The Peninsula of Sinai (between the Gulfs of Akaba and Suez), Hedjaz (on the shore of the Red Sea), Yemen (in the south-west), Hadramaut (in the south), Oman (in the south-east), El Hassa, or Lahsa (on the shores of the Persian Gulf), Nedjid (in the interior).
Arabia was anciently divided into three parts:- -Arabia Petræa (Rocky or Stony Arabia), in the north-west; Arabia Felix (Happy Arabia; "Araby the Blest," as Milton calls it), in the south-west; Arabia Deserta (Desert Arabia), in the north and centre.
Mecca, in Hedjaz. Population, about 30,000. Birthplace of Mahomet and sacred city of the Mahometans. Visited by immense numbers of pilgrims, who arrive by the caravans through the desert. There is a great trade, which is mostly carried on by the pilgrims and merchants who come by the caravans.
Medina, in Hedjaz. Population, about 20,000. Burial-place of Mahomet and sacred city of the Mahometans.
Jiddah, on the Red Sea. Port of Mecca.
Yembo, on the Red Sea. Port of Medina.
Sana, the largest town in Yemen. Population, about 30,000. Mocha, a port on the Red Sea, famous for the export of coffee.
Muscat, a considerable port on the south-east coast.
Aden, on the south-west coast, belongs to England (see Colonies-Asia).
PERSIA, OR IRAN.
North, by Turkestan, the Caspian Sea, and Asiatic Russia. West, by Asiatic Turkey.
South, by the Persian Gulf.
East, by Beloochistan and Afghanistan.
Length, 900 miles.
Breadth, 500 miles.
Area, 640,000 square miles.
COAST. Not extensive; lying along the Persian Gulf and the Caspian Sea. There are several islands in the Persian Gulf, of which the principal are Kishma, the largest, and Ormuz, formerly belonging to Portugal.
SURFACE. The interior of Persia is a table-land, mostly desert. The western and northern parts are mountainous. Part of the chain of Mount Ararat lies in Persia. To the south of the Caspian Sea are the Elburz Mountains, of which the highest peak, Demavend, rises to the height of about 20,000 feet. In the north-east is the Great Salt Desert. It has no rivers of importance. Its largest streams flow into the Tigris. In the north-west is the salt lake of Ouramia.
CLIMATE. On the table-land the summers are dry and hot, and the winters very cold. The climate is more temperate near the Caspian and the Persian Gulf.
NATURAL PRODUCTIONS. The minerals are copper, iron, salt, lead, sulphur, and precious stones. Tropical trees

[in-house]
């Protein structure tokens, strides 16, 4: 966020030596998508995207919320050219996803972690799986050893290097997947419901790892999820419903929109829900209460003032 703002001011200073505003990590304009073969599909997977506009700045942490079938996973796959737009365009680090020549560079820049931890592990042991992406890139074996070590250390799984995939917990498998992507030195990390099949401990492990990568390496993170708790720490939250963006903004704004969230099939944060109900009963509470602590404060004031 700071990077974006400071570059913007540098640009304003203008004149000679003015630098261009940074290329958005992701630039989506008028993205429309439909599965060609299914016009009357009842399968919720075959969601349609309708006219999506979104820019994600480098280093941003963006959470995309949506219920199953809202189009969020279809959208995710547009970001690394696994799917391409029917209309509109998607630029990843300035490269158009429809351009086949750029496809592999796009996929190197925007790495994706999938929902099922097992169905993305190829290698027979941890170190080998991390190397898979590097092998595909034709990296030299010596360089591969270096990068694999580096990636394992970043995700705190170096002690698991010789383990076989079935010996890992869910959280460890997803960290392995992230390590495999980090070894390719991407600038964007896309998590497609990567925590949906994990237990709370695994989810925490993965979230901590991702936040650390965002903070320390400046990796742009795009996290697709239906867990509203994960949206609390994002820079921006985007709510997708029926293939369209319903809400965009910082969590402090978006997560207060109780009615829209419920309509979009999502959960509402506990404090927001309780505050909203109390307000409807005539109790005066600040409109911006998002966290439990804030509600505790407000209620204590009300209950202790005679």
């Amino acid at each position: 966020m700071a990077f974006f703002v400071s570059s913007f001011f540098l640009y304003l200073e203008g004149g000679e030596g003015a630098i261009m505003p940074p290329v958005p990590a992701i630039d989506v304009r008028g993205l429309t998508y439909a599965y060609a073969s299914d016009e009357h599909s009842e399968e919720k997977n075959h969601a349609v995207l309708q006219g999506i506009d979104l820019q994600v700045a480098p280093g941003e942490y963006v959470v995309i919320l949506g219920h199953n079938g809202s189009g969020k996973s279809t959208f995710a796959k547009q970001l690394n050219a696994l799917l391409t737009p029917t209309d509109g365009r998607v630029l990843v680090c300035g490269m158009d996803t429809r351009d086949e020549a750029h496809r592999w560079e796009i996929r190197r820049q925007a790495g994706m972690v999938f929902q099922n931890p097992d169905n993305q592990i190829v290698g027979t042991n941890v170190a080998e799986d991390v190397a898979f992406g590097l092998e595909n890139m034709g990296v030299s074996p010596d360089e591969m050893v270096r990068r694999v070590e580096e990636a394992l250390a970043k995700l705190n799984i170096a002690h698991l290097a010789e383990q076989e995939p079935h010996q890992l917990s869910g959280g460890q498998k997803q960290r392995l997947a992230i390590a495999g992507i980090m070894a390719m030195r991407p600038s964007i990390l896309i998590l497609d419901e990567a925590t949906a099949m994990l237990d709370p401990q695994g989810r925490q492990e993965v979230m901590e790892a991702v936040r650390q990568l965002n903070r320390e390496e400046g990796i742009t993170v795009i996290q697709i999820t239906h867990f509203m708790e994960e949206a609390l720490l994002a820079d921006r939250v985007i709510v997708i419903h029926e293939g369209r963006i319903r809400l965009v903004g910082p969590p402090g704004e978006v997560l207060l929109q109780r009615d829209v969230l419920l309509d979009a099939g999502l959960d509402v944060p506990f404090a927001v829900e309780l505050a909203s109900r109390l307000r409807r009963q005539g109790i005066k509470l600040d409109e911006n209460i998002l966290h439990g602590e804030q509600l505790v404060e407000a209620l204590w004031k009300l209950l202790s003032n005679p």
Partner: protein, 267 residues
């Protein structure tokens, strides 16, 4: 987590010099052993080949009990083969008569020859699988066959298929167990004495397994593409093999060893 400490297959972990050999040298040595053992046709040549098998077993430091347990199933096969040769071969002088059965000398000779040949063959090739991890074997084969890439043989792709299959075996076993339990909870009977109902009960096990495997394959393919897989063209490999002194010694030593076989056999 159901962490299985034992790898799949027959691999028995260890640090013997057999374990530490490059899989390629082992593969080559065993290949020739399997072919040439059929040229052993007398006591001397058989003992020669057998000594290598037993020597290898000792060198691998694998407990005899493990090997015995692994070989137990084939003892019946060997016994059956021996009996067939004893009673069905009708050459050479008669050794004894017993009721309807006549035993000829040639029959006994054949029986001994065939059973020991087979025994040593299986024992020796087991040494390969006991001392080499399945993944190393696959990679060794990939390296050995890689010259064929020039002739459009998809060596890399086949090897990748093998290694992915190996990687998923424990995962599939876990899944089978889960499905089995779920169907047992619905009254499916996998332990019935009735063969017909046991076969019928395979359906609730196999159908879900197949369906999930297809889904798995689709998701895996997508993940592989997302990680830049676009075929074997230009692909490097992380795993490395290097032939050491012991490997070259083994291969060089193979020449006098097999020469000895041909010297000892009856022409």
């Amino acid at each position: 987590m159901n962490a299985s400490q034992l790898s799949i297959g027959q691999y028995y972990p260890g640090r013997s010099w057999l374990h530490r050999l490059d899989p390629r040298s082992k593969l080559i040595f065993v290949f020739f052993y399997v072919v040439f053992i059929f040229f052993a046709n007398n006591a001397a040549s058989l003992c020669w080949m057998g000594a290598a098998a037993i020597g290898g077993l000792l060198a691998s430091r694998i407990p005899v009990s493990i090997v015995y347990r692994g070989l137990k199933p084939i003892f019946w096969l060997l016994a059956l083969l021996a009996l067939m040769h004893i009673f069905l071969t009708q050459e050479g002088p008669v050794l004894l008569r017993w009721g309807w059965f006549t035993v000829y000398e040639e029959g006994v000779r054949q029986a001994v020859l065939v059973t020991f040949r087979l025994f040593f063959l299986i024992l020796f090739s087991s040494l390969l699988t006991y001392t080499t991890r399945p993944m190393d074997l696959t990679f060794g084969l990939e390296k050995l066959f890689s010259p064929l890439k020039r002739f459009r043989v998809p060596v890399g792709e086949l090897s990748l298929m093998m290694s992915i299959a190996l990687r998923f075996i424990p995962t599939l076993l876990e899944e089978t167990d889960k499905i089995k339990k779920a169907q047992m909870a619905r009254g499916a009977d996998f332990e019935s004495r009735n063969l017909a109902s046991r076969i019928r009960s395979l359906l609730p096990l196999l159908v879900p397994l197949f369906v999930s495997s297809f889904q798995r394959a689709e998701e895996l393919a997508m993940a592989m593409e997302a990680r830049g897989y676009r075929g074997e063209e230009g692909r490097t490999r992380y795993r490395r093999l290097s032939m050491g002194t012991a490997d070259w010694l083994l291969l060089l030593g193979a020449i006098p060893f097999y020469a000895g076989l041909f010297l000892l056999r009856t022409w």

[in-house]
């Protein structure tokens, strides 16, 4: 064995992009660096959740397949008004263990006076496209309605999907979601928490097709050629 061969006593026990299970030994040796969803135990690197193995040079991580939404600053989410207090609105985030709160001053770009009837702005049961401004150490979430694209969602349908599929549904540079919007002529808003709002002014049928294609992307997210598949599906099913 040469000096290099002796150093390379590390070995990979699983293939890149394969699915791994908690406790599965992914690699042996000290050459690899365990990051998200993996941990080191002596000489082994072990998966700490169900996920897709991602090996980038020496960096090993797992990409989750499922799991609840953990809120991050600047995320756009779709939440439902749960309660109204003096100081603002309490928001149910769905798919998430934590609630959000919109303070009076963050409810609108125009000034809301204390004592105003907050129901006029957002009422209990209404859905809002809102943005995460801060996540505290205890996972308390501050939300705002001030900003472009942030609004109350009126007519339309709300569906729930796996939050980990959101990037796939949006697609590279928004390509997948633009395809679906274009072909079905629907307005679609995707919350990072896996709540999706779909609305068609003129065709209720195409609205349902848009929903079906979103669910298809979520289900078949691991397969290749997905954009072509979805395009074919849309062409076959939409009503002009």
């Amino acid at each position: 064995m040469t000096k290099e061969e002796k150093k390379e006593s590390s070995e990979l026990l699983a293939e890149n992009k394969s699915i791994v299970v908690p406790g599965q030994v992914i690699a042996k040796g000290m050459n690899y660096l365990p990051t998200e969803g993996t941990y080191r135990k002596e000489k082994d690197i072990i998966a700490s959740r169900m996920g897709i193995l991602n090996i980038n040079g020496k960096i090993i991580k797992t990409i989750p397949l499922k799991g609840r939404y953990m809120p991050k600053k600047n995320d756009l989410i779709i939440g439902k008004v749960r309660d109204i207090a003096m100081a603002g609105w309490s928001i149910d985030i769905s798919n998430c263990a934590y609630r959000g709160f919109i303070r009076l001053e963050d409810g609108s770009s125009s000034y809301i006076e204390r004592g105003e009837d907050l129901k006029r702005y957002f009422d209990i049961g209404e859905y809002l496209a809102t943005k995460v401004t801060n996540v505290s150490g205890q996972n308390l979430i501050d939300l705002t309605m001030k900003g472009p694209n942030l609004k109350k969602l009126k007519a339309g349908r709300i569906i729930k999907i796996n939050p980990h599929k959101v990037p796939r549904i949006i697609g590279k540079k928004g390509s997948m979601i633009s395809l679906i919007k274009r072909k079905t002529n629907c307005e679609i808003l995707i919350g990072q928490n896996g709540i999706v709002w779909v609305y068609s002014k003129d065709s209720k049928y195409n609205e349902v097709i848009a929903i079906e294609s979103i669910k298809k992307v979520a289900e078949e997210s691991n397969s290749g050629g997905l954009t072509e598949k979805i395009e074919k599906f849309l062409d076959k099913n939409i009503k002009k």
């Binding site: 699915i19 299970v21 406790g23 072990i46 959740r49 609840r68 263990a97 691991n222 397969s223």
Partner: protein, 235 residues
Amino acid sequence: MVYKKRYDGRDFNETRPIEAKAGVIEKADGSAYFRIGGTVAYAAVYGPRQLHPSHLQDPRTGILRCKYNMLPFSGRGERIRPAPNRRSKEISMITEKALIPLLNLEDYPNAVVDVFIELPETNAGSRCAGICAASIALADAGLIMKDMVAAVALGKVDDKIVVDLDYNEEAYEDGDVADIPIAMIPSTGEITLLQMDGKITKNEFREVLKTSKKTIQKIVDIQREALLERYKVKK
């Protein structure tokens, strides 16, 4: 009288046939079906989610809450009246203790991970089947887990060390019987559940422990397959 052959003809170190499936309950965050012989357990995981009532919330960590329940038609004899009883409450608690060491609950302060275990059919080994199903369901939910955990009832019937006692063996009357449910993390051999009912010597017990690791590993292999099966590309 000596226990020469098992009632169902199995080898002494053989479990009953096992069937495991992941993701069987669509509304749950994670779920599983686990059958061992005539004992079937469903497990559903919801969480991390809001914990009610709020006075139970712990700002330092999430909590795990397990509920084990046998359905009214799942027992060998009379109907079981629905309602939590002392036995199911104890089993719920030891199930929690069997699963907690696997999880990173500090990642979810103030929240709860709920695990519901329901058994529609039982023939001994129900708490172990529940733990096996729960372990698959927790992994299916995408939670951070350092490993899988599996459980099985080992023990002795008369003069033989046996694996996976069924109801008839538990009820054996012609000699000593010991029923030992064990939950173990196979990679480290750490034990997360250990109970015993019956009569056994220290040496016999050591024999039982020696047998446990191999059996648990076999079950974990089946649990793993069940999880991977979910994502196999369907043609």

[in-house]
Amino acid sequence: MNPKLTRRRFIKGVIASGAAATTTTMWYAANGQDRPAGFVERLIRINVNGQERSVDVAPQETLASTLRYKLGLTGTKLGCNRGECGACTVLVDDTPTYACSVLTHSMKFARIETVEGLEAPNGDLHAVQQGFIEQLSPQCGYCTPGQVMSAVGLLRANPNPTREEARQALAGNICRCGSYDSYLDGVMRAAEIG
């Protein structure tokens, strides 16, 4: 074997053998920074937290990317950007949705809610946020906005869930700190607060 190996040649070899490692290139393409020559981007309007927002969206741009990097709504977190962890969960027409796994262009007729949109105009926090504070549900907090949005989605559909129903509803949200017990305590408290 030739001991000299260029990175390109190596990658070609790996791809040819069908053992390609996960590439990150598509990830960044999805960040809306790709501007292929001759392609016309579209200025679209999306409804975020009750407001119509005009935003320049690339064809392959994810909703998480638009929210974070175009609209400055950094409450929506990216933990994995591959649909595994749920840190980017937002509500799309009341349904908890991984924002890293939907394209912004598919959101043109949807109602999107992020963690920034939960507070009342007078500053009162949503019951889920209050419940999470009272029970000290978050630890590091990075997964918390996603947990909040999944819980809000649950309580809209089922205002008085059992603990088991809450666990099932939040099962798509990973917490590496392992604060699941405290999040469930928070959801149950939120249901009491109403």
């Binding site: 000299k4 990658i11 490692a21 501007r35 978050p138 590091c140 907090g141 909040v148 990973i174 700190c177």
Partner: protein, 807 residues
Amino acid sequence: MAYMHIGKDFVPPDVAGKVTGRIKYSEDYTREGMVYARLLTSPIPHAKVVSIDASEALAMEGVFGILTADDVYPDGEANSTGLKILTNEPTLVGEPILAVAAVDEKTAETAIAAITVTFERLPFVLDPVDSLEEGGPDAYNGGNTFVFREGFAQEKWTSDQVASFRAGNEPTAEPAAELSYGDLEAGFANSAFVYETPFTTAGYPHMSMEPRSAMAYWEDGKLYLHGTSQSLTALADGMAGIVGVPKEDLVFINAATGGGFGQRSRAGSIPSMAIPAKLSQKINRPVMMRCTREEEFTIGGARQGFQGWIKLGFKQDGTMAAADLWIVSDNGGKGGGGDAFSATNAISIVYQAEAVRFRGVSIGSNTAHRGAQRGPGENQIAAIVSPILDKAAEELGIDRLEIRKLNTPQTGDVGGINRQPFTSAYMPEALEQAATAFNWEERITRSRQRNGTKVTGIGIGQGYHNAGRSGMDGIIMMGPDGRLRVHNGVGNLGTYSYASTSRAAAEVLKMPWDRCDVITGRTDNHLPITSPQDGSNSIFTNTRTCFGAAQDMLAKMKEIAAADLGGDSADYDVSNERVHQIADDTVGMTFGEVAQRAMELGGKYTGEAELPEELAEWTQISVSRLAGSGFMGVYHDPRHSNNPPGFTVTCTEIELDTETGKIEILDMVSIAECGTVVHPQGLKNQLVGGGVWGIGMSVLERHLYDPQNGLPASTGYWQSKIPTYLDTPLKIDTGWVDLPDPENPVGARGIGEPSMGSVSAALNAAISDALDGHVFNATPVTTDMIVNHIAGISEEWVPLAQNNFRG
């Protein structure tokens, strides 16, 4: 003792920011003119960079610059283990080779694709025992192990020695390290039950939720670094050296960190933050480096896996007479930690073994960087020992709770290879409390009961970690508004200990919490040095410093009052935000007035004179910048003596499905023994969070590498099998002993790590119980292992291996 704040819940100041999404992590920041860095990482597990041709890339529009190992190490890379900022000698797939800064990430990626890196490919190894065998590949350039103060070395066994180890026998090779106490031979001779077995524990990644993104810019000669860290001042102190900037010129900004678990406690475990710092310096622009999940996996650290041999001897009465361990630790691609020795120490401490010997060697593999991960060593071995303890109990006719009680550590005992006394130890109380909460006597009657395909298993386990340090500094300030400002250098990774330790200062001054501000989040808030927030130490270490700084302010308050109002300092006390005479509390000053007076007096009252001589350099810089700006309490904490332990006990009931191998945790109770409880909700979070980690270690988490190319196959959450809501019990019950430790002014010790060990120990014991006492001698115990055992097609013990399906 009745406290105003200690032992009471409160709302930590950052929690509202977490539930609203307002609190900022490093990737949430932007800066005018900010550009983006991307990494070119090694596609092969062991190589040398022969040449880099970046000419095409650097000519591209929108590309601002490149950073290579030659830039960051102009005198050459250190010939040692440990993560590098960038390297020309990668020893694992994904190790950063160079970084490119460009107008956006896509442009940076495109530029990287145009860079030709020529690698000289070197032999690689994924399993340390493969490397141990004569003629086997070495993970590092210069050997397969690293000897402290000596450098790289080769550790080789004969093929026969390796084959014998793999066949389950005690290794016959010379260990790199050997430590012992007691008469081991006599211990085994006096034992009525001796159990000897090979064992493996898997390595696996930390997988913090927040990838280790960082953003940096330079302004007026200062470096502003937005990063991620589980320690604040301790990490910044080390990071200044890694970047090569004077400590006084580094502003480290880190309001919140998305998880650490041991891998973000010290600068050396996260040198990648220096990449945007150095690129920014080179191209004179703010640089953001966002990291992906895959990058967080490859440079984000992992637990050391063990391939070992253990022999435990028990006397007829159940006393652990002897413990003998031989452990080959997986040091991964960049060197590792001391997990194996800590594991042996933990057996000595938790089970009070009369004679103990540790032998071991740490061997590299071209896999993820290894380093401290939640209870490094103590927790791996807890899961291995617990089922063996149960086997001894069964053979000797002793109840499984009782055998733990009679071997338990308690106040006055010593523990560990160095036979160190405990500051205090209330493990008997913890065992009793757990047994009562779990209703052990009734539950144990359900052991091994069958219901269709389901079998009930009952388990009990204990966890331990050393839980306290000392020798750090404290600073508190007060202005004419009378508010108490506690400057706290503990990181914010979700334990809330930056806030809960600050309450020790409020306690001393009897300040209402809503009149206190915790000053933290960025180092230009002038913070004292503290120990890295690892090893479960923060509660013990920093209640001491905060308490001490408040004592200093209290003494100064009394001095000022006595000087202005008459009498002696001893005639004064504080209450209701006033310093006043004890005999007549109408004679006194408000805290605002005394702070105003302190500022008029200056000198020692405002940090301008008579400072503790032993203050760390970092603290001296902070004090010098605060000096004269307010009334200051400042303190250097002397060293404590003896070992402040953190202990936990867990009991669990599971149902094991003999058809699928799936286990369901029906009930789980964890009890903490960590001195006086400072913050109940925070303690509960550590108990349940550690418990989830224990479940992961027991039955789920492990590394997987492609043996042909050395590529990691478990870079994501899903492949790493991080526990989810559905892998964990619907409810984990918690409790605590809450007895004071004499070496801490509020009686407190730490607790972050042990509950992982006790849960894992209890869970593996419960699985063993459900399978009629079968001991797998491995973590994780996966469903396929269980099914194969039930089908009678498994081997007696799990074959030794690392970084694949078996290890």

and plants abound in the valleys. The table-lands are destitute of trees.
AGRICULTURE. There is much fertile land in the numerous valleys. Corn, rice, mulberry, date-palm, olive, the vine, poppy (for opium), melon, sugar-cane, hemp, flax, tobacco, cotton, are grown. The silk-worm is extensively reared. The domestic animals are the sheep, camel, horse.
MANUFACTURES. Somewhat important. Silk, carpets, swords and other weapons, shawls, leather, perfumery.
COMMERCE. Somewhat important. Carried on by caravans, which convey goods through the deserts to Russia and the neighbouring countries. There is also a trade with Russia by the Caspian Sea, with India by the Persian Gulf, and with Great Britain and the Mediterranean by the Red Sea. British manufactured goods are imported.
Exports. Silk goods, carpets, tropical fruits, shawls, rice, sulphur.
Ports. (On the Caspian) Balfroosh, Resht, Astrabad ; (on the Persian Gulf) Bushire, Gombroon.
POPULATION. About 8,000,000. Many of the Persians belong to nomadic tribes, living by cattle-rearing and plundering the caravans. RELIGION.
Mahometanism. Some of the Persians are Guebers, or fire-worshippers, followers of the ancient religion of Persia. There are many Jews and some Christians.
GOVERNMENT. A despotic monarchy. The sovereign is called the Shah. Many of the nomadic and predatory tribes are practically independent.
DIVISIONS. Ten provinces.
Teheran, in the province of Fars. Capital of Persia. Population, about 85,000. Situated on an elevated plain near the Elburz Mountains. It is so unhealthy in the summer that about half of its inhabitants leave it during that season of the year.